Unconventional Conference

IPW 2016 comes to New Orleans and promises long-term impact

A critical event to grow future tourism in New Orleans has been underway for the past few days, and we should feel its ripple effects for years to come.

IPW 2016 is the U.S. Travel Association’s 48th annual convention and is hosted this year by the New Orleans Convention and Visitors Bureau and the Louisiana Office of Tourism. IPW was last in New Orleans in 2002.

Unlike many trade shows, IPW sets itself apart as a premier international marketplace and touts itself as being the largest generator of travel to the United States. They accomplish this by hosting more than 1,000 U.S. travel organizations. And unlike many trade shows where attendees roam booths organically and try to network haphazardly, IPW uses a system of pre-scheduled business appointments to accommodate the more than 1,400 international and domestic travel buyers from 73 countries.

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IPW reports that during their five-day itinerary in New Orleans, more than 100,000 of these appointments will occur and collectively generate more than $4.7 billion in future travel to the U.S. And to cover all of this, more than 500 media members from both the domestic and international press were invited to participate in IPW as well.

While all of this is great for the American economy in general, the direct impact on New Orleans will be tremendous. IPW’s research estimates that over the next three years a ripple effect will take hold as more than 6,400 travel buyers will work to send their clients to New Orleans after having experienced our city and region during the conference. The direct economic impact on the Greater New Orleans economy is estimated to be more than $1.7 billion, with 1 million international visitors by 2018. On the heels of the announcement of the new direct flight on Condor Airlines between New Orleans and Frankfurt, the timing of IPW couldn’t be more perfect.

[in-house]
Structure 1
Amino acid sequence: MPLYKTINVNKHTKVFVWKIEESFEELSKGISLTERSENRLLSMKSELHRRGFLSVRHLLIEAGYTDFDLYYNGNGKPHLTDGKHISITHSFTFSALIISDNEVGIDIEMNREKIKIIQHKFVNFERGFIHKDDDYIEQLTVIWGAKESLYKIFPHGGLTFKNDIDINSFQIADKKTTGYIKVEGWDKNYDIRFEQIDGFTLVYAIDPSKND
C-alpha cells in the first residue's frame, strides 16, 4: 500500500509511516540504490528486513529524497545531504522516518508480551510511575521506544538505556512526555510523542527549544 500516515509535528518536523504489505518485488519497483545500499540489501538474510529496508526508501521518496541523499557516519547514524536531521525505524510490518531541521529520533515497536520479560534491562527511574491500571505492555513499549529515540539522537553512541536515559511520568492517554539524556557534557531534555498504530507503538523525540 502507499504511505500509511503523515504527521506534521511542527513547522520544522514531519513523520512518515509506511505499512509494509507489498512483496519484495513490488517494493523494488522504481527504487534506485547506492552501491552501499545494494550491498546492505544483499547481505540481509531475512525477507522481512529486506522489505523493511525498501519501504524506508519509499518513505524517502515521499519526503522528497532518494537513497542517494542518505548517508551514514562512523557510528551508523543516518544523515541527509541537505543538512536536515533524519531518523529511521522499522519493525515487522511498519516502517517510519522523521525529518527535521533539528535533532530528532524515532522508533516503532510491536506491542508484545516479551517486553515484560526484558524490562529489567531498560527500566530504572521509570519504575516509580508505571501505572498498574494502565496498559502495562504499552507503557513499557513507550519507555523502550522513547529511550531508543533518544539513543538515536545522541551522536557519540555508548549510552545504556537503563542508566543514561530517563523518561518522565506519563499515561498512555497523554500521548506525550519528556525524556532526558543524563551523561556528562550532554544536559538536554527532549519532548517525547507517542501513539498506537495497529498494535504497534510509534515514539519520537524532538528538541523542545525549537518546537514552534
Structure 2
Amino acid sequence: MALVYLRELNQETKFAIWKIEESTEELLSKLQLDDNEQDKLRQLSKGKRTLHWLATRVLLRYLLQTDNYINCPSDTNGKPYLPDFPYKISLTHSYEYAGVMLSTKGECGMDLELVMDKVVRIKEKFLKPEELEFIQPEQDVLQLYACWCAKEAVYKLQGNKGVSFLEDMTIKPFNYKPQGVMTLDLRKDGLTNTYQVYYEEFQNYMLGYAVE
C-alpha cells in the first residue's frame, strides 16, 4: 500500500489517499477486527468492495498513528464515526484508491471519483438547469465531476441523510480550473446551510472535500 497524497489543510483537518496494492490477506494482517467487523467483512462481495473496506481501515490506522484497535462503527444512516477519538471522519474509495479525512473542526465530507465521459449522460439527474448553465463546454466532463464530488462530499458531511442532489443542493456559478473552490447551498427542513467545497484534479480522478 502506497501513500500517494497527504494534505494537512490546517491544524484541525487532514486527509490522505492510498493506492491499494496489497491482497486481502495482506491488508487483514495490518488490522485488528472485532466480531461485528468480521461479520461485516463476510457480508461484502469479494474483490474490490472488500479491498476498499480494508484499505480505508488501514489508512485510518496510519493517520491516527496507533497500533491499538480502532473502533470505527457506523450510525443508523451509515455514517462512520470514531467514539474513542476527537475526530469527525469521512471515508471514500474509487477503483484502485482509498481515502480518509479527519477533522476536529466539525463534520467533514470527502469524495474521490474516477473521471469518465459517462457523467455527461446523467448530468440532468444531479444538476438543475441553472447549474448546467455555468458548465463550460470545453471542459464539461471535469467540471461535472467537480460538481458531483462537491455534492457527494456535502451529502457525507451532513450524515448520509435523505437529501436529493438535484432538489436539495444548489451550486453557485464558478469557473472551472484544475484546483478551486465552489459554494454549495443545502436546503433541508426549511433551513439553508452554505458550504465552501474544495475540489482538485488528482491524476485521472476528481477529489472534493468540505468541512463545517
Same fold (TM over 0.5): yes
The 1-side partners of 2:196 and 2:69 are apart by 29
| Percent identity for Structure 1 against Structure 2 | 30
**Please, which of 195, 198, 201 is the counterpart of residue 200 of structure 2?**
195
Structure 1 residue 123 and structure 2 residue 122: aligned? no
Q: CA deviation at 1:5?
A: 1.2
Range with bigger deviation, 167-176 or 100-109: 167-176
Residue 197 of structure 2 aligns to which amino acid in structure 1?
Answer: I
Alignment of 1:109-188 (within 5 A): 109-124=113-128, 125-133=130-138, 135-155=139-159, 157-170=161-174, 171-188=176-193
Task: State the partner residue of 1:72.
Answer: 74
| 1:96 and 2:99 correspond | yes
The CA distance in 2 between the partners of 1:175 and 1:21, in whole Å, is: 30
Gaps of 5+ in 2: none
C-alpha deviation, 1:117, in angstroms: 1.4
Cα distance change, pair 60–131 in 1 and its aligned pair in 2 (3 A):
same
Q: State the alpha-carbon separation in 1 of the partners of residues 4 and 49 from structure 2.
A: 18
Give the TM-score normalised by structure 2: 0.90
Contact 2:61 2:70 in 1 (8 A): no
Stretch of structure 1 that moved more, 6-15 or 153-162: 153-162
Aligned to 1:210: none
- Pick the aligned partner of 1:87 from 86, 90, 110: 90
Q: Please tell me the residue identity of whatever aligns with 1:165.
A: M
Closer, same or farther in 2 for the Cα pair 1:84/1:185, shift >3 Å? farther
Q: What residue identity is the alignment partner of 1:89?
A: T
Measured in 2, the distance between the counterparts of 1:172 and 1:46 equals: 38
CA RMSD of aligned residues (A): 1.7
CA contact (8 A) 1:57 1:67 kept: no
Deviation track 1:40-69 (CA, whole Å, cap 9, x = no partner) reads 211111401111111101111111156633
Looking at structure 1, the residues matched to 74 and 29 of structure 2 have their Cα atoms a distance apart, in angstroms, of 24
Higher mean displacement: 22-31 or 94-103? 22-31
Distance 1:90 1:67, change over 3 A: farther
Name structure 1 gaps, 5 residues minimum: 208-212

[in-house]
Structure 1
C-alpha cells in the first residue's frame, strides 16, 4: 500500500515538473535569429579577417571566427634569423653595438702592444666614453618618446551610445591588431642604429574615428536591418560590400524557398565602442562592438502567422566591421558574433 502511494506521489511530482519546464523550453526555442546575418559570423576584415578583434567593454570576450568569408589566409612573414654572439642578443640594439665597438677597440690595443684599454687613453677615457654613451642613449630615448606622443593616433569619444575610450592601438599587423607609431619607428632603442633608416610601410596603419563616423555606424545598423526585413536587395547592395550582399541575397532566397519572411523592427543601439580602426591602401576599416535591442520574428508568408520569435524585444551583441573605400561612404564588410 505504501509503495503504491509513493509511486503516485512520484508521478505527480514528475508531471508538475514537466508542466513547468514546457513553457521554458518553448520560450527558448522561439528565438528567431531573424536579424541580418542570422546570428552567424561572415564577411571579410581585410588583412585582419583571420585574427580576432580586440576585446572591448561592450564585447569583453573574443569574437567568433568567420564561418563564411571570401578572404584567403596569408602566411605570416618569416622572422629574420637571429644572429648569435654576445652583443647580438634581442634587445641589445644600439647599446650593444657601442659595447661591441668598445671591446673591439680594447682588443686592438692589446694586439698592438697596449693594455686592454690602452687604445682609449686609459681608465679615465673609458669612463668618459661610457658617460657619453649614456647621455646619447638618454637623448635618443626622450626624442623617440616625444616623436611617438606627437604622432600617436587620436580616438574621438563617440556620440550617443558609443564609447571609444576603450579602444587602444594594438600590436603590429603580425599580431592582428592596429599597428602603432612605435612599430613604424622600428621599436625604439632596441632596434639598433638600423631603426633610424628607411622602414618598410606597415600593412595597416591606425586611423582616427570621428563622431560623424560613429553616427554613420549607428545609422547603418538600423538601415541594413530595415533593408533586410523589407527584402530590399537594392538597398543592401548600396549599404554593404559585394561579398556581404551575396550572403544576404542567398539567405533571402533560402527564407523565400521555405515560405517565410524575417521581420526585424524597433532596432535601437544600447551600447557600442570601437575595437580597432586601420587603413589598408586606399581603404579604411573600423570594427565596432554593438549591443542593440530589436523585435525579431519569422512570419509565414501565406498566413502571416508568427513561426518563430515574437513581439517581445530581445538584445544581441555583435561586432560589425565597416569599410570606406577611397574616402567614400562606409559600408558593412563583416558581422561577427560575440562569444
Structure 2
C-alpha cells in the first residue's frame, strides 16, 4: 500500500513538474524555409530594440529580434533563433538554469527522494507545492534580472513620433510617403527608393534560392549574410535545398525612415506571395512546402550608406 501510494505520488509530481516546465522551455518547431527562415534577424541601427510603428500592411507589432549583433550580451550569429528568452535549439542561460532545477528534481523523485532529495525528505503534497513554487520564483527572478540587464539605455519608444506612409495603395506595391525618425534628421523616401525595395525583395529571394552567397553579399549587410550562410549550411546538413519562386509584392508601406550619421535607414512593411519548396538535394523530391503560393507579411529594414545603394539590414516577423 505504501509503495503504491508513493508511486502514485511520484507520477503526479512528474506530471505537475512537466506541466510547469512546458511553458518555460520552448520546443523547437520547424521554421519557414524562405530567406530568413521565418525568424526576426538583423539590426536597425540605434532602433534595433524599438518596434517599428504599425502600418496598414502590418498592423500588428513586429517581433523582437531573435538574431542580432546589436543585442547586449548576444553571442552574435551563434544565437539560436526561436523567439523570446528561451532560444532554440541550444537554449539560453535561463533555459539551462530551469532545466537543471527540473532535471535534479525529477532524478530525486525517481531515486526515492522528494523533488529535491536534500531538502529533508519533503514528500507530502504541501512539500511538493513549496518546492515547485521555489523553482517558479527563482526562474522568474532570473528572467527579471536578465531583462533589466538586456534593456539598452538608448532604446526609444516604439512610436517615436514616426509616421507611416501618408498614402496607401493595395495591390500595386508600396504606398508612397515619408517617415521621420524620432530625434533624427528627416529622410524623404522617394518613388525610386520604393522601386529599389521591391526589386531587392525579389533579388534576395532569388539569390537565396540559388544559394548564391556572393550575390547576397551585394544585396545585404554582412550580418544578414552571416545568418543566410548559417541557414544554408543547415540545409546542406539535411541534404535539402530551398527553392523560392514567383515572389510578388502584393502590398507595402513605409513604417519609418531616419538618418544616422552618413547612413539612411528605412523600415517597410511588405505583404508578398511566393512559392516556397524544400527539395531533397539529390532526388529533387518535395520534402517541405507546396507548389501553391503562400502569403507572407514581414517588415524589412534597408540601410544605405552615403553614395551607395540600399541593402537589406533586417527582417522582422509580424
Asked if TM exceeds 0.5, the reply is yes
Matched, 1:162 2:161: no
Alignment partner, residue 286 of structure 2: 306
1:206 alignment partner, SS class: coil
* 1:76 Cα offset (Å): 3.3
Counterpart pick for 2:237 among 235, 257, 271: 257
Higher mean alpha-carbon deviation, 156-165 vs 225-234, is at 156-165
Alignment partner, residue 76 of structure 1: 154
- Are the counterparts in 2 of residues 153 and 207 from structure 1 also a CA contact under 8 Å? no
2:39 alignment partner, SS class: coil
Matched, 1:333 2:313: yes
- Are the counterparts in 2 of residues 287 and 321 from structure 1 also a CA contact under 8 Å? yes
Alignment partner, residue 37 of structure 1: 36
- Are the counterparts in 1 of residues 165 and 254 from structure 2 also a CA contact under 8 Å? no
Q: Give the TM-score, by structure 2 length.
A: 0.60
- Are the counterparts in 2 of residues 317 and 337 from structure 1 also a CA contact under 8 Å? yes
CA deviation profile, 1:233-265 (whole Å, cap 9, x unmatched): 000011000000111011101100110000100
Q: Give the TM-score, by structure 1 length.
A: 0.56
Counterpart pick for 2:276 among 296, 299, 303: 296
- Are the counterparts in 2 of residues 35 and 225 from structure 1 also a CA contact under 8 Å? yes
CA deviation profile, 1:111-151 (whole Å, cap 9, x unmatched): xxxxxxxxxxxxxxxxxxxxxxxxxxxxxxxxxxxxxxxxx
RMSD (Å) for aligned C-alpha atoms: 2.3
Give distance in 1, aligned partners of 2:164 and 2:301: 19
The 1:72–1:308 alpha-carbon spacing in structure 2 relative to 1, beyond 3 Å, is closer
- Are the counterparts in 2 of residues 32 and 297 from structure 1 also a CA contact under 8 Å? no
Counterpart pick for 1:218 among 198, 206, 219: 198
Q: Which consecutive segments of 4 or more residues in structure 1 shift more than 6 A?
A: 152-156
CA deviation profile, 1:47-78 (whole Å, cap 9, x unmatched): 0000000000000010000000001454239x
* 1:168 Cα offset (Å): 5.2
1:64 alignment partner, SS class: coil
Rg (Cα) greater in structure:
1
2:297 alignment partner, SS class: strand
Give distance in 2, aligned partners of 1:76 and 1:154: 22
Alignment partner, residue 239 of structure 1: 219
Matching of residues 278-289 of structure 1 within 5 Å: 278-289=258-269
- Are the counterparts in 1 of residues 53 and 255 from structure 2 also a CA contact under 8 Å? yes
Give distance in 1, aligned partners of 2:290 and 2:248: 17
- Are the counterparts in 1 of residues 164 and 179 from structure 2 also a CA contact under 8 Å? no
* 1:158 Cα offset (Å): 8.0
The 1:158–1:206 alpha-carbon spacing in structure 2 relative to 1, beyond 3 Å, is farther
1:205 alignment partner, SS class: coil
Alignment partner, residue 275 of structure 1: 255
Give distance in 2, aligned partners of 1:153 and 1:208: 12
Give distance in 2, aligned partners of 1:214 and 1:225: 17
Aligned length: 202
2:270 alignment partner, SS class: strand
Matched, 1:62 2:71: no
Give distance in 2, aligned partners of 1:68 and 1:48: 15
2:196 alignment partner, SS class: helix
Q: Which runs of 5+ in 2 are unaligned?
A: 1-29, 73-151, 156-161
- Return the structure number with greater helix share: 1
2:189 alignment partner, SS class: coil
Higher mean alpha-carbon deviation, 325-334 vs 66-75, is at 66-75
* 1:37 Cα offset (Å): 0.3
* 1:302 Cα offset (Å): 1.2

New Orleans is really on a roll when it comes to tourism. Our 2015 numbers showed a 3.5% increase in visitor spending, up to $7.05 billion dollars. And our total number of visitors increased as well to 9.78 million visitors. With the Tricentenial around the corner, it does seem plausible that we will receive more than 13 million visitors in 2018, as city officials hope we do.

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If many of these visitors are international, we can also anticipate that they will stay for a longer duration and spend more money while they are here. They are also more likely to stay in traditional hotels as opposed to short-term rentals like Airbnb.

This is all very exciting. The economic impact could be palpable, and I hope the city officials use this new income to improve both facilities for visitors and invest in quality of life projects for our citizens.

A word to the wise from having worked in the hospitality industry… maybe some PSAs in those hotel rooms about the American practice of tipping could help our international visitors learn about our culture? 

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